Before the floats and stilt walkers. Before the riot police. Before one Starbuck's window is smashed with a brick. Before all the antiglobalization hoopla that will come with Miami's FTAA meeting, the "Tell Us the Truth Tour" kicks things off Wednesday with a concert at the People's Gala for Global Justice, held at Bayfront Park Amphitheatre (corner of Biscayne Boulevard and NW First Avenue, Miami) from 7 to 11 p.m. An inclusive umbrella of artists covers the usual salsa and Caribbean bands endemic to concert festivals in Miami, but the highlight is the Tell Us the Truth Tour. The tour includes Billy Bragg, Steve Earle, Lester Chambers, and Tom Morello.
These folks need no introduction to the antiestablishment crowd, but for the rest of you, here's this: Bragg was the folk hero of the 1980s and early 1990s with albums such as Talking with the Taxman About Poetry and Don't Try This at Home. He came back into the spotlight by teaming up with alt-country darlings Wilco to record two albums of Woody Guthrie lyrics coupled with Bragg music, all with the Guthrie family seal of approval through the thumbs up of Woody's daughter Nora. Mermaid Avenue, volumes one and two, passed the Guthrie folk-hero crown on to the British troubadour in many ways.
Chambers, a member of the 1960s psychedelic soul outfit the Chambers Brothers, has gone on to establish himself as one of the best soul singers alive today. His 1960s hippie cachet lends him some authenticity with the antiglobalization neohippie crowd.
Earle showed his true colors with his most recent album, Jerusalem. After bringing alienated country fans back into the fold with a mid-1990s comeback that included plenty of country and even a bluegrass album, Earle pissed them all off with songs off the 2002 release, including "Amerika V. 6.0 (The Best We Can Do)" and "John Walker's Blues."
And finally, there's Morello (above), he of Rage Against the Machine and Audioslave fame. Given his status as a Rage alumnus and his statements in interviews, Morello's leftist antiestablishment cred is completely without doubt.
Best of all, in the beloved tradition of the power-to-the-people movement, the concert is free. Call 305-358-7550. -- Dan Sweeney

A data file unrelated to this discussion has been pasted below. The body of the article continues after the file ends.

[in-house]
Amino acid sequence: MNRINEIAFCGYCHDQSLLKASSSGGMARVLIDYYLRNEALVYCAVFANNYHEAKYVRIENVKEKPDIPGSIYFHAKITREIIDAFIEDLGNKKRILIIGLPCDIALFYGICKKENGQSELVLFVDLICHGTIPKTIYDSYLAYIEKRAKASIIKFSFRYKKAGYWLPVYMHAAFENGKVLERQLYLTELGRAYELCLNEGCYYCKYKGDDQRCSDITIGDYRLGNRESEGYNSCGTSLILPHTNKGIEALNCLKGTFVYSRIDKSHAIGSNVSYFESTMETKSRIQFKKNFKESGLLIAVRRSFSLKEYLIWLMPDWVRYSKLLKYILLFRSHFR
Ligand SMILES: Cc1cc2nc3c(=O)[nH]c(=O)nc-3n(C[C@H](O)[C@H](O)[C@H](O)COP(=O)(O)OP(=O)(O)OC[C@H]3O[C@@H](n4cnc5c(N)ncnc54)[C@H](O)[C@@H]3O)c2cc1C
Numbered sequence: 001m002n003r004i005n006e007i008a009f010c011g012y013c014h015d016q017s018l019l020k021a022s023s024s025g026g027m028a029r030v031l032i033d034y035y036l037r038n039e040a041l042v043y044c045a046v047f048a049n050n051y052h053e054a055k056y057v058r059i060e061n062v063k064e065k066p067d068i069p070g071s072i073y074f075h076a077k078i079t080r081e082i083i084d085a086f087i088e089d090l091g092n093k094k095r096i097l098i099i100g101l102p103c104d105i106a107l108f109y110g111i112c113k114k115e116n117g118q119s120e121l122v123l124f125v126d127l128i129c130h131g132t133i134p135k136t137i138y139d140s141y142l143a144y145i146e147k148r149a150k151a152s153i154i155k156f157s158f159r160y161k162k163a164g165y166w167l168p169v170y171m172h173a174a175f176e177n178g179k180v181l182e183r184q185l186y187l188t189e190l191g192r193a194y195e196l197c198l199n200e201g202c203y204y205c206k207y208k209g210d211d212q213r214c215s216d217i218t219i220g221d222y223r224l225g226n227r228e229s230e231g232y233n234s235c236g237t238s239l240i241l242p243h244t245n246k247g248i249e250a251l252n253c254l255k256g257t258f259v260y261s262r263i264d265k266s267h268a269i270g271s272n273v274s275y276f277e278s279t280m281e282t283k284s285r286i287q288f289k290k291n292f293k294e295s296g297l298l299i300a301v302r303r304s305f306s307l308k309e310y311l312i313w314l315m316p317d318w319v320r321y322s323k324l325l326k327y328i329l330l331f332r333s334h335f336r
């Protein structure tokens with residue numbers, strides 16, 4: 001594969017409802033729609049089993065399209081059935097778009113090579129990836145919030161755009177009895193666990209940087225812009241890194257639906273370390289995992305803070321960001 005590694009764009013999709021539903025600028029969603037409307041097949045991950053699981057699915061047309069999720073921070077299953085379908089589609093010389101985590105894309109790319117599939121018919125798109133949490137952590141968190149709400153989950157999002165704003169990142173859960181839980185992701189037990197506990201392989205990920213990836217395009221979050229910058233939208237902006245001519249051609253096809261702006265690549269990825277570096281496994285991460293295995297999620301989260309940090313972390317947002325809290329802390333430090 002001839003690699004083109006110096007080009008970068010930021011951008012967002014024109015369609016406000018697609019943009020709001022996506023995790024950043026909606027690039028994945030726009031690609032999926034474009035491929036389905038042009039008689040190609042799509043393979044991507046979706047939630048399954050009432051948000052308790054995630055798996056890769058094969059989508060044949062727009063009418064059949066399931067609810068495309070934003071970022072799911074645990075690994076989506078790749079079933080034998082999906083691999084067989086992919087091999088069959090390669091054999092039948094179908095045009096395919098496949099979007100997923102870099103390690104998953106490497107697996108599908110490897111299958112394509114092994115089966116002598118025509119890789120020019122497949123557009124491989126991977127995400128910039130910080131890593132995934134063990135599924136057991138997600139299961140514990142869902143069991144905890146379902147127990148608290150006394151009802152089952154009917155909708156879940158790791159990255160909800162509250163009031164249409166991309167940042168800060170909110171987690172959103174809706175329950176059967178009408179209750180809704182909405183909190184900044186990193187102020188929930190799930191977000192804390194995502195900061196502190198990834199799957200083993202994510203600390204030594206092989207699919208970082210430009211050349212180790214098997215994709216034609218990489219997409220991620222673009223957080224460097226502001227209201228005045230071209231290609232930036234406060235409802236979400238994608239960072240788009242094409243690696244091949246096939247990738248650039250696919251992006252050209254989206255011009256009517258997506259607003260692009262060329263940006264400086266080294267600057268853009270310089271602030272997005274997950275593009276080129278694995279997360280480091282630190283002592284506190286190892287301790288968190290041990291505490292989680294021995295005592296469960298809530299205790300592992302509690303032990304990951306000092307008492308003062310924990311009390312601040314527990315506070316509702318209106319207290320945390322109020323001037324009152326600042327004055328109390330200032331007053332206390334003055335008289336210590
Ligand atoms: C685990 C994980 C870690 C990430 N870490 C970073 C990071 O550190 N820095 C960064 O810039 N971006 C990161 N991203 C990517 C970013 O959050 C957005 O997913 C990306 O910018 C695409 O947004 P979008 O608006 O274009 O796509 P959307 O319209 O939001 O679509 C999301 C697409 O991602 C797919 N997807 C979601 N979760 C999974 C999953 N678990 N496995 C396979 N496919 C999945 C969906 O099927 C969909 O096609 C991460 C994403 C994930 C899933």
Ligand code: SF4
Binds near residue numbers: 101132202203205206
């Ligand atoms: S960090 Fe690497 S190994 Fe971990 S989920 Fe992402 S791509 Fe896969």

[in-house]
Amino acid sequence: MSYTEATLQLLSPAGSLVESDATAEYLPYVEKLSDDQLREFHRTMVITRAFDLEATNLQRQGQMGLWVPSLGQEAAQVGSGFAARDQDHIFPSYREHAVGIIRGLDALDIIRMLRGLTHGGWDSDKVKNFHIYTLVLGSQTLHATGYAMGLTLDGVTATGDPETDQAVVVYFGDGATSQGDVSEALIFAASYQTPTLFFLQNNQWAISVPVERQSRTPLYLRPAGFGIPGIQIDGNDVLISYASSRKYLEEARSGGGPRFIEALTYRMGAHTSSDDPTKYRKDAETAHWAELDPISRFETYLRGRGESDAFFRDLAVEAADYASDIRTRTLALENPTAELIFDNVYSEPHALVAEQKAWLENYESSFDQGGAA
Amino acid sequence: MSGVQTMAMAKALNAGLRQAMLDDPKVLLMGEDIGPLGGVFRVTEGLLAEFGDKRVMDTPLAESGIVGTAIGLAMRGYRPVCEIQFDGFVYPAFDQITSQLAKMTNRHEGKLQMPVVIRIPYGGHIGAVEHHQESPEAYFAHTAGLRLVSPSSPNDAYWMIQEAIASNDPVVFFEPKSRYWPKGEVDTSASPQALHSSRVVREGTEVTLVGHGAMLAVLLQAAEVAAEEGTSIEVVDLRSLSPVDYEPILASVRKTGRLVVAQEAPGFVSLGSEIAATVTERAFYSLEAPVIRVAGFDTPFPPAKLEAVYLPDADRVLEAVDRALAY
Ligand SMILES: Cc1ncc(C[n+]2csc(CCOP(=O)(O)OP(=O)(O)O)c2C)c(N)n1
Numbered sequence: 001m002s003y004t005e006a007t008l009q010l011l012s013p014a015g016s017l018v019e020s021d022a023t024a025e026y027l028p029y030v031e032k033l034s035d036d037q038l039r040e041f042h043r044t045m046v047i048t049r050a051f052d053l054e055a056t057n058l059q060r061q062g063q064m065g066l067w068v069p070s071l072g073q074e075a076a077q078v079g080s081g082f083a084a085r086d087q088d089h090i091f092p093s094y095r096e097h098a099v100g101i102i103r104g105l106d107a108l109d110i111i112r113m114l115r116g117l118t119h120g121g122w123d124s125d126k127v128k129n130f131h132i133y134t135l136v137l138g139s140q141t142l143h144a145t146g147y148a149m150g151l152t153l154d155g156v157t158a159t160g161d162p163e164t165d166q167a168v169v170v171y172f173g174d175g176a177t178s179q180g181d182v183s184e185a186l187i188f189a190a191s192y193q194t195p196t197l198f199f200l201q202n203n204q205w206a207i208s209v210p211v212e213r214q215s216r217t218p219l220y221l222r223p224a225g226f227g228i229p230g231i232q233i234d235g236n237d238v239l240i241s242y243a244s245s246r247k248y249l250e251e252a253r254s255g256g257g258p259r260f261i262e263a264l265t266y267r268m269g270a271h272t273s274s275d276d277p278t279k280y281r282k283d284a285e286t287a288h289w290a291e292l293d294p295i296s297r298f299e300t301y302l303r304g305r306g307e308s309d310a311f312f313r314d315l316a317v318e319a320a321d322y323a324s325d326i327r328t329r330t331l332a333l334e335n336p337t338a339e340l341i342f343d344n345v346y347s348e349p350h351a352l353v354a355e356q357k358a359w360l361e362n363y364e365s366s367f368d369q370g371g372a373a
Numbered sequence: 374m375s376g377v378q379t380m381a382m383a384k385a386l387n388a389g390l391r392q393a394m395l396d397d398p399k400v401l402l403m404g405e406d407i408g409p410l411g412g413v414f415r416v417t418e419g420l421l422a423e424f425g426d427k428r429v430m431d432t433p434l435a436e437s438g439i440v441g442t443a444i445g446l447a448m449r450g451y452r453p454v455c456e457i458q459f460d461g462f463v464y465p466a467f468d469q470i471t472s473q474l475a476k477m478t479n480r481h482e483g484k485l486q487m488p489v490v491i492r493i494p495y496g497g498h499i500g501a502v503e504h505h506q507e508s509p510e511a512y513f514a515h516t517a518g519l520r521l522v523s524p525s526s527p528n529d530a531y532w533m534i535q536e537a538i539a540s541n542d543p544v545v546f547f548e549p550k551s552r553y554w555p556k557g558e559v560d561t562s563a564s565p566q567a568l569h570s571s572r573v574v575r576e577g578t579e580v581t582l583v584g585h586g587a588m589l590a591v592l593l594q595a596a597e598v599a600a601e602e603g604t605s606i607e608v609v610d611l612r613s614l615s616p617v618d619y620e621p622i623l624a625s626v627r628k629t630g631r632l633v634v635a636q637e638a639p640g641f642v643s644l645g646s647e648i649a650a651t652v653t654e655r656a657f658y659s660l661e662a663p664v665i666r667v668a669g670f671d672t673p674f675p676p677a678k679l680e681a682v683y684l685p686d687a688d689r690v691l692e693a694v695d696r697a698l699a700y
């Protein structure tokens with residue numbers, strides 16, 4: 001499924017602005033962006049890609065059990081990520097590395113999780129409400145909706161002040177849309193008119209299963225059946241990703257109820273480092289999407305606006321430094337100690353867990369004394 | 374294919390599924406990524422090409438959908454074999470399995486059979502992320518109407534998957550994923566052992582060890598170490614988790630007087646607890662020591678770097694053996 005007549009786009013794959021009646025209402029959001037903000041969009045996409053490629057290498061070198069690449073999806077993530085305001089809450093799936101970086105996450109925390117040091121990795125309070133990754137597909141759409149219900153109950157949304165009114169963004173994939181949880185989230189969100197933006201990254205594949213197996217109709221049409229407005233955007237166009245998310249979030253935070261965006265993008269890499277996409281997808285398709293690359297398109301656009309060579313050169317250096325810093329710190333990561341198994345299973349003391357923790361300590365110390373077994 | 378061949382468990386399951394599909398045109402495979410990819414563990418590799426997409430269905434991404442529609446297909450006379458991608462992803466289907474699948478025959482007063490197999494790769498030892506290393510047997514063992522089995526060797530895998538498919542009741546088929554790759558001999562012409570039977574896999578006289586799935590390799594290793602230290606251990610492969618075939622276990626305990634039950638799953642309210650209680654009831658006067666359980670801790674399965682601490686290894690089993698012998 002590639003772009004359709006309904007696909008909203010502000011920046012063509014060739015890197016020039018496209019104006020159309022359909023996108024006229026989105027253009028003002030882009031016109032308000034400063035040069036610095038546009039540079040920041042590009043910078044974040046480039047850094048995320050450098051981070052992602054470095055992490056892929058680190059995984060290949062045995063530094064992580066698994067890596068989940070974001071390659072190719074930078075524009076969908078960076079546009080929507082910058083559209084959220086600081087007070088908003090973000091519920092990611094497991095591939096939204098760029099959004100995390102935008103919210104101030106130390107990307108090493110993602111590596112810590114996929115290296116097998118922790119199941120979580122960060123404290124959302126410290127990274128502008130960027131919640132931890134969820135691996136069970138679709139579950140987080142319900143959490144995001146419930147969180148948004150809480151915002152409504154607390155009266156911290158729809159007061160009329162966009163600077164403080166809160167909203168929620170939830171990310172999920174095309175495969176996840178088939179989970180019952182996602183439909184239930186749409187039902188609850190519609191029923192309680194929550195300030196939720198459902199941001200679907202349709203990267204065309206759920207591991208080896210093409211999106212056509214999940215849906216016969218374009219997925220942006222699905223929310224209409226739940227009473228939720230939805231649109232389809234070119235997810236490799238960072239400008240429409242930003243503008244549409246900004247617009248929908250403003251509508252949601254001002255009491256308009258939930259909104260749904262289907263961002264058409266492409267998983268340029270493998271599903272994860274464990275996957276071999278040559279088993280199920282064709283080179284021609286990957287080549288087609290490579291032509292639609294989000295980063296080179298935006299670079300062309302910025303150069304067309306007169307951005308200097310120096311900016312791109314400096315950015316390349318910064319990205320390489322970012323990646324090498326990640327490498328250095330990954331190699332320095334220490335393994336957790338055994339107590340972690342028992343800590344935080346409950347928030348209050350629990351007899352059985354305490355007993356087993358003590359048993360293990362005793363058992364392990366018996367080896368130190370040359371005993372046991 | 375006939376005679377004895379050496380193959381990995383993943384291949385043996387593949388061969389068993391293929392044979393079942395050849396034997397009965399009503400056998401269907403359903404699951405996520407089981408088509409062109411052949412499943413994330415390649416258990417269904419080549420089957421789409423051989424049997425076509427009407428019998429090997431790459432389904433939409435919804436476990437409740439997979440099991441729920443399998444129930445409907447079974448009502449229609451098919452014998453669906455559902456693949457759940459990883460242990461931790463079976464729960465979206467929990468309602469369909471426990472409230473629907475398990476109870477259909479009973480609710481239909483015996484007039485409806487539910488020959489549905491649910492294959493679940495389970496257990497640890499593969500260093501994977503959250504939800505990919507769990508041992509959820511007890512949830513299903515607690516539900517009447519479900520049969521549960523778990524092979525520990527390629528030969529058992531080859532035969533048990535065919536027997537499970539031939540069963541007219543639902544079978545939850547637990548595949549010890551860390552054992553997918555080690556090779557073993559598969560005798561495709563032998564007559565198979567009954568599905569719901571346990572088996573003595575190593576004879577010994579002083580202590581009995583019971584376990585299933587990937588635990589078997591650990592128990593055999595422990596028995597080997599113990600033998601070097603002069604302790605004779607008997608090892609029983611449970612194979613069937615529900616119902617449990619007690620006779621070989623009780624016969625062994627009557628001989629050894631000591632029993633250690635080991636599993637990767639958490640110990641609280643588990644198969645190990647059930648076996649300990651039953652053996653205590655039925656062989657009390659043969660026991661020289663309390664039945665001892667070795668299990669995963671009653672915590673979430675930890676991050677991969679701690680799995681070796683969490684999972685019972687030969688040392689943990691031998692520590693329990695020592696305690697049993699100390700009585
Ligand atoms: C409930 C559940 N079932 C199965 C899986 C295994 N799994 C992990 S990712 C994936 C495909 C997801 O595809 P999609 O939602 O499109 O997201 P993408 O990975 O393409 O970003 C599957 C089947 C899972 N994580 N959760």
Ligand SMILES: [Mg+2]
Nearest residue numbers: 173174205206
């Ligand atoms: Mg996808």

Insert Warm Fuzzy Feeling Here
In the verdant sonic pastures of South Florida, bands bloom and wilt faster than you can say "side project." Blame it on the heat or blame it on the rain, but singer and guitarist Keith Michaud, formerly of Maypop, decided to take matters into his own hands. "I conceived Summer Blanket after self-releasing a demo to friends and to audiences at shows," he says. "I wanted to have a real band project where collaborators would add to what I'd already written, and it happened that an enormously talented musician named Jon Wilkins [Summer Blanket drummer and member of See Venus] was interested in pursuing the same type of project." From there, Keith and Jon started recording with fellow musicians Matt Cohen of Whirlaway and Chris Moll of See Venus. "It's Jon and me full-time, then a bunch of musicians playing with the two of us live and sometimes sprouting a few solo acoustic songs, much like the album." And Summer Blanket's debut CD, Charm Wrestling, stretches those heart-on-your-sleeve confessionals (and not the Dashboard type) over a big comfy bed of acoustic guitar. Check out the release party at 9 p.m. at Respectable Street, 518 Clematis St., West Palm Beach. Call 561-832-9999. -- Audra Schroeder
Climb Every Mountain
Mountain of Venus combines improv rock with a wail of a singer
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Mountain of Venus provides one enigma right from the outset: Founded in Steamboat Springs, Colorado, in 1999, the group sounds as if it has been together for at least a decade. A move to Boston a few years ago may have been the impetus for that, as the newly formed band was forced to get real good real quick to compete in the flooded music market of Beantown. Perhaps the highlight of the group is female lead singer Tanya Shylock, who shares vocal duties with Jody Cohen, also the band's rhythm guitarist and songwriter. Should MOV gain a more mainstream notice, Shylock may go on to be regarded as one of the better white female soul singers out there today, even though she sings in a rock 'n' roll band. See for yourself as Mountain of Venus plays Alligator Alley (1321 E. Commercial Blvd., Oakland Park) Thursday at 10 p.m. Tickets cost $5, and the show is limited to age 21 and older. Call 954-771-2220. -- Dan Sweeney
Opening Night at the Opera
Yes, the blistering hot months of summer and early autumn are behind us, and that means more of just about everything. More tourists, more traffic, and more glass-shattering high C notes. That last bit, of course, because opera season has come around once again. The Florida Grand Opera kicks off its season Saturday with the opening of Giuseppe Verdi's La Traviata at the Miami-Dade Auditorium (2901 W. Flagler St., Miami) at 7 p.m. Further shows include November 18, 21, and 29 at 8 p.m., with a 2 p.m. matinee on November 23. La Traviata comes to Fort Lauderdale at the Broward Center for the Performing Arts (200 SW Fifth Ave., Fort Lauderdale) on December 11 and 13. Tickets cost $19 to $135. Call 800-741-1010. -- Dan Sweeney